Gas has 'important role' in all foreseeable futures

Gas has 'important role' in all foreseeable futures

Gas will continue to play an "important role" in all foreseeable futures for the energy system, according to system operator National Grid.

The company yesterday (13 July) released the latest iteration of its annual Future Energy Scenarios report, which examines a series of possible trajectories for the energy system corresponding to different degrees of green ambition and prosperity.

Speaking at the launch event in London, National Grid energy supply and demand manager Jan Mather said gas will remain a "critical part" of the energy system across all four of the main scenarios - "two degrees", "consumer power", "slow progression" and "steady state" -  both on an economic basis and in terms of security of supply.

Gas currently provides double the amount of energy output as electricity, and Mather said it would be a "huge step" to move to an entirely electric future, devoid of gas. Owing to the "very seasonal" peaks in demand, she said the prospect of electrifying heat "takes us into another ball park". Even by 2050 gas may still deliver more energy to consumers than electricity.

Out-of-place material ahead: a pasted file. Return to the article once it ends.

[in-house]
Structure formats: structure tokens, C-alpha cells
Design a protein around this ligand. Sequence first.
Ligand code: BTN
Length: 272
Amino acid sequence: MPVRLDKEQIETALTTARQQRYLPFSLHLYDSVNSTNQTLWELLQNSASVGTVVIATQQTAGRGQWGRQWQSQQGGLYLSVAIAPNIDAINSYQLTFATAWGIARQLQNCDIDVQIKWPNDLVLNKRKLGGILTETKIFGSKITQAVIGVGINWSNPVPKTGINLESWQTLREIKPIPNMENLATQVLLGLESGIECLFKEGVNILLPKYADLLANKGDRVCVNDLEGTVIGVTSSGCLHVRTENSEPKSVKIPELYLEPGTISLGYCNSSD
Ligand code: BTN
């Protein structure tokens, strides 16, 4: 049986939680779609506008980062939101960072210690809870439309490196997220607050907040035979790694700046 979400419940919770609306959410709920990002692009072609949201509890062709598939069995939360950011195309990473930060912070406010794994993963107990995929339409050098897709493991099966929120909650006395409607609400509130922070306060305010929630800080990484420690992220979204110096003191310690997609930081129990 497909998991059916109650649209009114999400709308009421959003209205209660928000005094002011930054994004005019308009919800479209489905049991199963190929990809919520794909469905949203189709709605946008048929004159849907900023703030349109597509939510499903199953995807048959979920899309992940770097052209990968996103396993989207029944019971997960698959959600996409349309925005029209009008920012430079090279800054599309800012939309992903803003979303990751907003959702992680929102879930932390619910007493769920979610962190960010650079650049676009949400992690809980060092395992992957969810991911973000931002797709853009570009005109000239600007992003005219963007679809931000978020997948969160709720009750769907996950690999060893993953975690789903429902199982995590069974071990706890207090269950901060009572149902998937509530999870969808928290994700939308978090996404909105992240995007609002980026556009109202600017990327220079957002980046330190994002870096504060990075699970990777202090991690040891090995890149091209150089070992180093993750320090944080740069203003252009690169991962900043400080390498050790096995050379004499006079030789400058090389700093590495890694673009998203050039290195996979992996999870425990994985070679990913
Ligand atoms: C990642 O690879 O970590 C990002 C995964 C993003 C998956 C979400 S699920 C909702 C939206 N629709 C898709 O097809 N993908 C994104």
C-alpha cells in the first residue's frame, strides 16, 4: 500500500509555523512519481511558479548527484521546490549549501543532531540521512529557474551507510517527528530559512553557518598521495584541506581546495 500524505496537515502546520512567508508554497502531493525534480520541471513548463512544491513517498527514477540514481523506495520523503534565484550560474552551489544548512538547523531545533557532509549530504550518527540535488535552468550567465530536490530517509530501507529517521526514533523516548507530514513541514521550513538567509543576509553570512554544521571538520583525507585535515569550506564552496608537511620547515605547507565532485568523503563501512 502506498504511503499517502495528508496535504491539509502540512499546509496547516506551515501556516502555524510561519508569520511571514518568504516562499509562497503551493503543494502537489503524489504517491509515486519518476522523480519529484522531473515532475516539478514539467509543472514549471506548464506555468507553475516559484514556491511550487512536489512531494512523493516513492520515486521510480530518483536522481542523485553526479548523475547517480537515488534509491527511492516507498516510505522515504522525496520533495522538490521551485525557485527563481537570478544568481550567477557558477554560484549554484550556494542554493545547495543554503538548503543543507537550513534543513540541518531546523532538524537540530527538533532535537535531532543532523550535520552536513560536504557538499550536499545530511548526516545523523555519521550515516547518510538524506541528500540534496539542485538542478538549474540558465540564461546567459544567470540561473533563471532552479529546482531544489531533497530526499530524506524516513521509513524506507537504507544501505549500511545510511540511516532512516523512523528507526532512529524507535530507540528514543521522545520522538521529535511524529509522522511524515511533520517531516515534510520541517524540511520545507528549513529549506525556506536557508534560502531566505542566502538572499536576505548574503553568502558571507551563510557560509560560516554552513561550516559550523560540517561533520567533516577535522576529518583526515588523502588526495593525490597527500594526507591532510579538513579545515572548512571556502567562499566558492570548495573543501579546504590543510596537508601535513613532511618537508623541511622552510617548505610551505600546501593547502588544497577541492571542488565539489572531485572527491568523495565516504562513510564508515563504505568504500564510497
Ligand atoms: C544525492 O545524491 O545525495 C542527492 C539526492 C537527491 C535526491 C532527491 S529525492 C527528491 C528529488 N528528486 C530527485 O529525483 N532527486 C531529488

National Grid's head of energy insights, Marcus Stewart, described gas as the "backbone" of the current energy system for both heat and power, but said the way it is being used is evolving. To keep up with the changing demands it will be placed under, the report says "ageing" gas infrastructure will need to be "maintained or adapted" to ensure it has sufficient flexibility for the future.


Domestic gas demand

Source: Future Energy Scenarios, National Grid


Alongside the Future Energy Scenarios, National Grid also published a new version of its Future of Gas report. The document calls for "network optionality" to remain open "as far as it is possible and economical to do so" due to the enormous uncertainty over where the energy system is headed.

It says heat will need to be decarbonised in the "most affordable and least disruptive way" and argues that, as well as being convenient, continuing to use existing assets and infrastructure is "likely to represent good value for the consumer".

The report warns that system operability will become increasingly challenging due to "more volatile supply sources and demand dynamics". Although there are "plenty" of potential sources for gas on the world market, some may require innovative approaches to connecting and transporting gas.

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